- What is the best way to prevent accidental eye injuries?
Always wear eye protection goggles, safety glasses and face shield while doing activities with risk of eye injury. Please be alert to your surrounding which might contribute to the injury and focus with your work.
Woman with safety protection equipment
- What are the outdoor eye safety tips?
Wear eye protection while working outside. Choose sunglasses with full UV protection. Always wear swim goggles. Do not swim with contact lenses to prevent corneal ulcer. Choose the right eye protection for your sports which includes goggles, face guard or helmet. Wash your hands frequently. Keep your eyes moisturized with artificial tears eyedrops.
- What are safety tips to protect your eye at home?
Almost 40 percent of eye injuries at home occur while gardening. Debris from lawn mowers or power trimmers might enter the eye at high speed. Someone who is near to a person cutting the grass is also at risk of eye injury. Therefore, please wear safety glasses with side protection or goggles while mowing. If you are using a weed eater, please wear safety glasses or goggles under a face shield. Wear goggles if you are working with power saws or trimmers. Please also ensure safety radius is observed while operating power tools. Any bystanders or helper should wear eye protection. If you need to pass through someone is are cutting the grass at roadside, try to use other path or keep your distance away from them. You can walk with your back or cover your eyes with your palm and walk as fast as you can. Wear goggles to protect your eyes from fertilizer, pesticides and other yard chemicals. Please read and follow all product instructions.
In addition, household chemicals including bleach or other cleaner also contribute to eye injuries. Eye protection should be worn when using any chemicals. Please make sure hands are washed thoroughly before touching the eyes or face.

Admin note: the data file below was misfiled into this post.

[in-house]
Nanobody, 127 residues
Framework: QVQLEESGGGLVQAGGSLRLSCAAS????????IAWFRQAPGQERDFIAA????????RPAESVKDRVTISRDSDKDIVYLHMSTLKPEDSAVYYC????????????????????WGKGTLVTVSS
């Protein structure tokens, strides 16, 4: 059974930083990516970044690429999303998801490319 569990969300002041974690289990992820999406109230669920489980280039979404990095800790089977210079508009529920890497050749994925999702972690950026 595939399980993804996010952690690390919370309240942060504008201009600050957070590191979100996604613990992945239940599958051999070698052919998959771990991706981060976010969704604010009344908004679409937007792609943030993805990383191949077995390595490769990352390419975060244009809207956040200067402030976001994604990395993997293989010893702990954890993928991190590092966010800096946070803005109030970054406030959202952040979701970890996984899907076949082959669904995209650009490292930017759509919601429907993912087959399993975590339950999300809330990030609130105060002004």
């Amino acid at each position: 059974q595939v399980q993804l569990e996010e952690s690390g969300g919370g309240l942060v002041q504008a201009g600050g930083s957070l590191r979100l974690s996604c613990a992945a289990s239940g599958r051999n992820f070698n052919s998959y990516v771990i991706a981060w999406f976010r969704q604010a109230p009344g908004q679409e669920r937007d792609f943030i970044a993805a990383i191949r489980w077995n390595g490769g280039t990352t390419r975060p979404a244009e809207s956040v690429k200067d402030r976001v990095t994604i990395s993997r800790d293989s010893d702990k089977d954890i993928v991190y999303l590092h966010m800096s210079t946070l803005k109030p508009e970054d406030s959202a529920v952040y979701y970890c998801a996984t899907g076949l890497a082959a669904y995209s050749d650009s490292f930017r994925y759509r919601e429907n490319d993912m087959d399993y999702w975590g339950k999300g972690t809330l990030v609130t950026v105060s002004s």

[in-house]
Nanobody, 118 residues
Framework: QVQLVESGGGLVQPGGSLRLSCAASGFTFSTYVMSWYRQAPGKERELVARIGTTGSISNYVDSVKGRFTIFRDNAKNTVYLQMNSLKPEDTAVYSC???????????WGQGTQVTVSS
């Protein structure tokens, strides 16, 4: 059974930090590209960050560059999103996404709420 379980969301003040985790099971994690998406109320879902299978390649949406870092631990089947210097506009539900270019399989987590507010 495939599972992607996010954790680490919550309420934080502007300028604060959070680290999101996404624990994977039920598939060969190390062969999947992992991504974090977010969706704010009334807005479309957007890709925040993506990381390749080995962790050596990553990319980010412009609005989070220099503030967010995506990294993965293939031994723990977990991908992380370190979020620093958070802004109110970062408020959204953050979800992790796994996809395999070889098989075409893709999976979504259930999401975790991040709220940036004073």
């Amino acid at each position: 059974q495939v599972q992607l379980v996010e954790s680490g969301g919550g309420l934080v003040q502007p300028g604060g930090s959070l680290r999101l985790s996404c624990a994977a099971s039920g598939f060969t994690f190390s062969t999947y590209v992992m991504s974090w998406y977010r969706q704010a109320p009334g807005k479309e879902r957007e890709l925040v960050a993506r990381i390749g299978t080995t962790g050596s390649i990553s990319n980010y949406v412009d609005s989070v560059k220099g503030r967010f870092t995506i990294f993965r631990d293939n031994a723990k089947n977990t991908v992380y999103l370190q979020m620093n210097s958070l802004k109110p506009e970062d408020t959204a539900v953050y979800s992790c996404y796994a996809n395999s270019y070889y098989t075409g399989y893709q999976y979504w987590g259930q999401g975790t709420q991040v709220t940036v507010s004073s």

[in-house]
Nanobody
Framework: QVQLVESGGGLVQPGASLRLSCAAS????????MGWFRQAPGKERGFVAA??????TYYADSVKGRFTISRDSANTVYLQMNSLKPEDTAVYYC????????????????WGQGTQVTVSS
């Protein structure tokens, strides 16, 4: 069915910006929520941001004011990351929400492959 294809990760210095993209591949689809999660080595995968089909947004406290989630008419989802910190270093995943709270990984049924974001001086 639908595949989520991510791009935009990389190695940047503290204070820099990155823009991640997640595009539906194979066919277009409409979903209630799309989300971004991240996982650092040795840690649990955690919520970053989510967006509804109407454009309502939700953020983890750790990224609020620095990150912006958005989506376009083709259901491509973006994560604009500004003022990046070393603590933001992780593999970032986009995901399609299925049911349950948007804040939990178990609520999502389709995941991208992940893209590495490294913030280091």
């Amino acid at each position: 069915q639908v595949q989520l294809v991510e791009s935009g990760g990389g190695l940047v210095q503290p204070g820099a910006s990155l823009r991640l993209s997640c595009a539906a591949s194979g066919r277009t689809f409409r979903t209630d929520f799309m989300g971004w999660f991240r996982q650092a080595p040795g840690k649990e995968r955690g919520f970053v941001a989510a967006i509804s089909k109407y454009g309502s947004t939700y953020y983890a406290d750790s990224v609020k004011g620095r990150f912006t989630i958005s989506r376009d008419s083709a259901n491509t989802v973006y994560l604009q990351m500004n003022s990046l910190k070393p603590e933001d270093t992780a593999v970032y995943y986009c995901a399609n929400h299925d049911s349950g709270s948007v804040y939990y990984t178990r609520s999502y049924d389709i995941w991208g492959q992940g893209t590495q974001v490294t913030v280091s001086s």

- What are the eye injuries facts and best practices?
10-20% of work-related eye injuries cause temporary or permanent vision loss. More than 78% of individuals did not wear protective eyewear during the time of injury. Wearing protective eyewear is the easiest step to prevent 90% of all eye injuries. Never attempt to treat an eye injury yourself. Please seek early medical attention following eye injury to prevent worse complication.
- Can I attempt to treat an eye injury myself?
Yes, you can give the first aid before seeking medical attention. If you get sand or small particles in your eye or chemical burns and splashes in the eye, please do not rub your eye. Immediately use eyewash, saline solution or running tap water to flush the eye. Open your eye and run lots of water over your eyeball for at least 20 minutes. You need to blink several times and allow tears to flush out the particle. Please do not use any eyedrop that you purchase over the counter to treat your eye. However, you are allowed to take pain killers like Panadol to reduce your pain. Instilling lubricating eyedrops helps to sooth your eye before seeking medical attention.
If you get hit in the eye by any projectile materials, do not apply any pressure to the eye. Please cover your eye with eye shield or spectacles. Do not remove any objects that are stuck in the eye. Please do not touch, rub or rinse your eye with water. Seek medical attention as soon as possible.
- When do I see an eye doctor?
Please seek immediate medical attention by an ophthalmologist if a strong chemical such as acid or bleach entered your eye, a nail or any sharp object has pierced your eye and if anything has hit your eye at high speed. There are several warning signs suggesting for immediate medical attention to ophthalmologist. They are blurred vision of the affected eye, headache, glare, eyelid swelling, difficult to open your eye or any blood or pus discharges from the eye. You are advised to see GP if you have injured your eye and it is not getting better after 24 hours or you are worried about an eye injury. Don’t drive a vehicle while you are wearing an eye patch.
Article by Dr Nurull Bahya Binti Suliman, Consultant Opthalmologist.